Back in 2002, psychologist Daniel Kahneman won the economics Nobel Prize for showing that human beings don't have a really good intuitive grasp of risk. Basically, the decisions we make when faced with a risky proposition depend more on how the question is framed than on what the actual outcome might be.
The classic example is to tell a subject that there's going to be a disaster. Out of 600 people, she has a chance of saving 200 if she takes x risk. If she doesn't take the risk, everybody dies. Most people will take the risk in that scenario, but if you present the same situation and frame it differently—"If you take this risk, 400 people will die"—the decisions suddenly flip in the other direction. Nothing has changed about the outcome. But everything has changed in terms of how people feel about the decision they have to make. This is the kind of thing that matters a lot to economics because it helps to explain why economic behavior in the real world isn't always as rational and self-interested as it is in theory.
There's a new study out in the journal Psychological Science that might add another layer of complexity to Kahneman's research. If you're thinking and talking in your native language, you're likely to respond to a risky situation pretty much exactly as in the classic example. But, these researchers found that if you're thinking and talking about the situation in a second language, things change. At Wired, Brandon Keim explains:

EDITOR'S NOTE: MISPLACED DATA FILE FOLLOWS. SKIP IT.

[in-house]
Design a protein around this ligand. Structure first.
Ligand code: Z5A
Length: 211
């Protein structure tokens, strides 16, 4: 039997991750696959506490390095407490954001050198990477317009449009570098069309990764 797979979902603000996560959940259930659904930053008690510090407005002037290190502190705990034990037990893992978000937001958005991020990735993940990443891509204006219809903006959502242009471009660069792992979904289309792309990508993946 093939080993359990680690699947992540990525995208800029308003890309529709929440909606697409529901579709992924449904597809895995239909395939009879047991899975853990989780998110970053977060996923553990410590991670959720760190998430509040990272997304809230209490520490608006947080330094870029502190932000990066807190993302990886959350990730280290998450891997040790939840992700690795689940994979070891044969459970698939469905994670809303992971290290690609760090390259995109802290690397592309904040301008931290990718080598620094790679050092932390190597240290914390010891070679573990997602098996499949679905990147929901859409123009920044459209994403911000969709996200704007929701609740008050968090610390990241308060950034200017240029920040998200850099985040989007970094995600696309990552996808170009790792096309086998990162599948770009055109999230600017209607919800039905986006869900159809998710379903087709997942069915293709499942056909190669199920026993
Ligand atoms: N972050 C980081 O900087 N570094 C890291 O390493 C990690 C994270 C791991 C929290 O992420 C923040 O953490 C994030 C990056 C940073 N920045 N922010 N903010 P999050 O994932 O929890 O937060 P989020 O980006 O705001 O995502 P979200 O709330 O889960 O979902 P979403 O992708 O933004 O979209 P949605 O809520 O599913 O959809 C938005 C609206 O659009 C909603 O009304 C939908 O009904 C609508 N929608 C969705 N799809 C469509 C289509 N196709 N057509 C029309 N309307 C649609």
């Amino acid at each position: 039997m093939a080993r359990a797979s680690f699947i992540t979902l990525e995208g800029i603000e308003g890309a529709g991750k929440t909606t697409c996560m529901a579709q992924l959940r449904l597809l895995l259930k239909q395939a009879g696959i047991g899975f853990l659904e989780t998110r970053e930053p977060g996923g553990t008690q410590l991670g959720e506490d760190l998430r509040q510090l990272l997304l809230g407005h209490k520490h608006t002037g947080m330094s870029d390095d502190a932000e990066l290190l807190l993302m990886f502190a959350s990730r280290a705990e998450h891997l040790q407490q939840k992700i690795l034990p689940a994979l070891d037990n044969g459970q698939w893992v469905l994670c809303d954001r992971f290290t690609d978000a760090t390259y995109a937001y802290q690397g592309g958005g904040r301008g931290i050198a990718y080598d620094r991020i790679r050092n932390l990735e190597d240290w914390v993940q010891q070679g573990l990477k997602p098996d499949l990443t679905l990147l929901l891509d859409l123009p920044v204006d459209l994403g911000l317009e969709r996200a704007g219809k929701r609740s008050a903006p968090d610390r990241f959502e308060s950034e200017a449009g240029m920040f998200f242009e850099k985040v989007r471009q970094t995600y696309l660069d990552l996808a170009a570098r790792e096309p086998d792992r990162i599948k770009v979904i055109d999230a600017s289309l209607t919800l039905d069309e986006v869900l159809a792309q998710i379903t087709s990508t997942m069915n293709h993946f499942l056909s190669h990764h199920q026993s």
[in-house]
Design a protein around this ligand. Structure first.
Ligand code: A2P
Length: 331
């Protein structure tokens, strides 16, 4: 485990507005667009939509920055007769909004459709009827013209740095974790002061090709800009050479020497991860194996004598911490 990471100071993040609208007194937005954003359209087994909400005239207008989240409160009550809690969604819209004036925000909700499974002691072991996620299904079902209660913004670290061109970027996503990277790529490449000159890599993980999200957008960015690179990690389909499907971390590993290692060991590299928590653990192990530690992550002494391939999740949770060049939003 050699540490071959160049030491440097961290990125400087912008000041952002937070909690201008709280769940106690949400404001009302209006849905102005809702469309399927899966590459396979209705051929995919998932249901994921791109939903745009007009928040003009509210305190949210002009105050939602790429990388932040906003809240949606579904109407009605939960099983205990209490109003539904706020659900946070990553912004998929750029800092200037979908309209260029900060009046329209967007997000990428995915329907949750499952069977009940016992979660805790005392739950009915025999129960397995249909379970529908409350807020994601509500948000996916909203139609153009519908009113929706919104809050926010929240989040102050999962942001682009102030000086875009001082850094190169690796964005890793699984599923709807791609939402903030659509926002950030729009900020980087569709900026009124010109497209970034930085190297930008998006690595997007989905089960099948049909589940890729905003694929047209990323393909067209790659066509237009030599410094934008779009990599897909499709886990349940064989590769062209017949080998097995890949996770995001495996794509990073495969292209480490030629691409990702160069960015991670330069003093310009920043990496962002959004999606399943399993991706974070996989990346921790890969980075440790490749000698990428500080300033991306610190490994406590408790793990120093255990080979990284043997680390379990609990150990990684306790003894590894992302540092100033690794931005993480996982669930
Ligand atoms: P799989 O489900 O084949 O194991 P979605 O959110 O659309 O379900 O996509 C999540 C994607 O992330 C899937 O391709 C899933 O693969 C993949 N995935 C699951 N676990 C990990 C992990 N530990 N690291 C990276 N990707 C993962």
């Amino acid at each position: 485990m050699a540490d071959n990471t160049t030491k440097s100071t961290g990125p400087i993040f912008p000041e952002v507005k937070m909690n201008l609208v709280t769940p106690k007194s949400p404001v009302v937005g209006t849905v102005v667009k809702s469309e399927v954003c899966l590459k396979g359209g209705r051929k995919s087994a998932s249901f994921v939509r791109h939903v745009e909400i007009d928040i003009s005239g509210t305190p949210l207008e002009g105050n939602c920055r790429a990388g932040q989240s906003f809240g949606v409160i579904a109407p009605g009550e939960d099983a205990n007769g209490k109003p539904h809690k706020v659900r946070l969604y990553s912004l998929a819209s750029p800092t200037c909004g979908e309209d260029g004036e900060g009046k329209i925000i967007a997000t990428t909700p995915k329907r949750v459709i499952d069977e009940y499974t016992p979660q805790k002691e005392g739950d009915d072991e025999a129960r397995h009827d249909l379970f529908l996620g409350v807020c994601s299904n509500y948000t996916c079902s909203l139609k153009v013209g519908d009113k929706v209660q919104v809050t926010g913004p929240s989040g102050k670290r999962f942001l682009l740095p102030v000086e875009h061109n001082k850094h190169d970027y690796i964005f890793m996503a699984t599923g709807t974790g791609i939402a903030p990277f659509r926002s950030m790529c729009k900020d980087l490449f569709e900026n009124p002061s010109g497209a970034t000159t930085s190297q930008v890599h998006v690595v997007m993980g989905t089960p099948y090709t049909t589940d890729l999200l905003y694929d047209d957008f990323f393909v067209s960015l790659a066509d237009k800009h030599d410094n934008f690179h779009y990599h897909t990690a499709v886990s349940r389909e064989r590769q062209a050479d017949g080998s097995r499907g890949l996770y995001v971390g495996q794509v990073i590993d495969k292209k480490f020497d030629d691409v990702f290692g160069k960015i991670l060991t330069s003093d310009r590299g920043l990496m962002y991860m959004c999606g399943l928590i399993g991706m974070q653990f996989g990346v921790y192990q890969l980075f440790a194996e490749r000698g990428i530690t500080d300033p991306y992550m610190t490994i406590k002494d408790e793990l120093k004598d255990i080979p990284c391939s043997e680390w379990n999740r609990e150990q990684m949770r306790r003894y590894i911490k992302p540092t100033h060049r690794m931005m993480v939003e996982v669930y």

The first experiment involved 121 American students who learned Japanese as a second language. Some were presented in English with a hypothetical choice: To fight a disease that would kill 600,000 people, doctors could either develop a medicine that saved 200,000 lives, or a medicine with a 33.3 percent chance of saving 600,000 lives and a 66.6 percent chance of saving no lives at all.
Nearly 80 percent of the students chose the safe option. When the problem was framed in terms of losing rather than saving lives, the safe-option number dropped to 47 percent. When considering the same situation in Japanese, however, the safe-option number hovered around 40 percent, regardless of how choices were framed. The role of instinct appeared reduced.
That's interesting. The researchers tried this basic thing with several different groups of people—mostly native English speakers—and used several different risk scenarios, some involving loss of life, others involving loss of a job, and others involving decisions about betting money on a coin toss. They saw the same results in all the tests: People thinking in their second language weren't as swayed by the emotional impact of framing devices.
One study doesn't prove this is universally true. Even if it is true, nobody knows yet exactly why. But Keim says that the researchers think the difference lies in emotional distance. If you have to pause and really put some brain power into thinking about grammar and vocabulary, you can't just jump straight into the knee-jerk reaction.
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